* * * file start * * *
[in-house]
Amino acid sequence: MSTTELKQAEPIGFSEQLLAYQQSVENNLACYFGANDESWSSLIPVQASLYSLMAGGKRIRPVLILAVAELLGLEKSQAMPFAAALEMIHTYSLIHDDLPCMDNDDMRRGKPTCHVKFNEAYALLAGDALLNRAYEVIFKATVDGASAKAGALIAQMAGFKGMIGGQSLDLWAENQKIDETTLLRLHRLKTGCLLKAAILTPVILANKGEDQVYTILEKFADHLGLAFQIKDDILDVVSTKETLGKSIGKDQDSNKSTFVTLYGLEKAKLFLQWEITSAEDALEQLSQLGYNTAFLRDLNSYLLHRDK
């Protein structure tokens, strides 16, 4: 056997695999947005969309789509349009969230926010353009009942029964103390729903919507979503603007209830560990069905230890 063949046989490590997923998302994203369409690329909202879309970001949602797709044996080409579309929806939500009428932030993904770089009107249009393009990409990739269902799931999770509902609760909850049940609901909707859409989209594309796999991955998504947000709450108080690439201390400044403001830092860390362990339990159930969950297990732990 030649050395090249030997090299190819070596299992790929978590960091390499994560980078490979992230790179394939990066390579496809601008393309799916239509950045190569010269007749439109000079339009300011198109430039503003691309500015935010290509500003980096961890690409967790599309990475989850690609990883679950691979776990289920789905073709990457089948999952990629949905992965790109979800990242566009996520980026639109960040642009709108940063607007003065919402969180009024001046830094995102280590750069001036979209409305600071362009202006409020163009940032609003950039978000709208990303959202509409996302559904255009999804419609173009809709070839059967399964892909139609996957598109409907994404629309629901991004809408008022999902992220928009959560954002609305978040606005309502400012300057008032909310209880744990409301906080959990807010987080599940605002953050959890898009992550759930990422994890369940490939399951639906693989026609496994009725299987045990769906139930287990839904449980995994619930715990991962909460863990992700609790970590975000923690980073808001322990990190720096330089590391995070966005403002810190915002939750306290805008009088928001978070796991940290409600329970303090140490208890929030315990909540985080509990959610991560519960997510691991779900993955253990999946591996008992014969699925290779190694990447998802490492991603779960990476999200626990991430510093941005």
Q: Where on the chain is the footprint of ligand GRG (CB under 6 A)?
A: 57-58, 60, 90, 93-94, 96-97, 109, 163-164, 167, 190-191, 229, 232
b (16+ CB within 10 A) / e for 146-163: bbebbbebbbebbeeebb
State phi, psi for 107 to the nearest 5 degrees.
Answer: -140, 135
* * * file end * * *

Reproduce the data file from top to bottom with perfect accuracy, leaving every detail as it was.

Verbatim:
[in-house]
Amino acid sequence: MSTTELKQAEPIGFSEQLLAYQQSVENNLACYFGANDESWSSLIPVQASLYSLMAGGKRIRPVLILAVAELLGLEKSQAMPFAAALEMIHTYSLIHDDLPCMDNDDMRRGKPTCHVKFNEAYALLAGDALLNRAYEVIFKATVDGASAKAGALIAQMAGFKGMIGGQSLDLWAENQKIDETTLLRLHRLKTGCLLKAAILTPVILANKGEDQVYTILEKFADHLGLAFQIKDDILDVVSTKETLGKSIGKDQDSNKSTFVTLYGLEKAKLFLQWEITSAEDALEQLSQLGYNTAFLRDLNSYLLHRDK
């Protein structure tokens, strides 16, 4: 056997695999947005969309789509349009969230926010353009009942029964103390729903919507979503603007209830560990069905230890 063949046989490590997923998302994203369409690329909202879309970001949602797709044996080409579309929806939500009428932030993904770089009107249009393009990409990739269902799931999770509902609760909850049940609901909707859409989209594309796999991955998504947000709450108080690439201390400044403001830092860390362990339990159930969950297990732990 030649050395090249030997090299190819070596299992790929978590960091390499994560980078490979992230790179394939990066390579496809601008393309799916239509950045190569010269007749439109000079339009300011198109430039503003691309500015935010290509500003980096961890690409967790599309990475989850690609990883679950691979776990289920789905073709990457089948999952990629949905992965790109979800990242566009996520980026639109960040642009709108940063607007003065919402969180009024001046830094995102280590750069001036979209409305600071362009202006409020163009940032609003950039978000709208990303959202509409996302559904255009999804419609173009809709070839059967399964892909139609996957598109409907994404629309629901991004809408008022999902992220928009959560954002609305978040606005309502400012300057008032909310209880744990409301906080959990807010987080599940605002953050959890898009992550759930990422994890369940490939399951639906693989026609496994009725299987045990769906139930287990839904449980995994619930715990991962909460863990992700609790970590975000923690980073808001322990990190720096330089590391995070966005403002810190915002939750306290805008009088928001978070796991940290409600329970303090140490208890929030315990909540985080509990959610991560519960997510691991779900993955253990999946591996008992014969699925290779190694990447998802490492991603779960990476999200626990991430510093941005």
Q: Where on the chain is the footprint of ligand GRG (CB under 6 A)?
A: 57-58, 60, 90, 93-94, 96-97, 109, 163-164, 167, 190-191, 229, 232
b (16+ CB within 10 A) / e for 146-163: bbebbbebbbebbeeebb
State phi, psi for 107 to the nearest 5 degrees.
Answer: -140, 135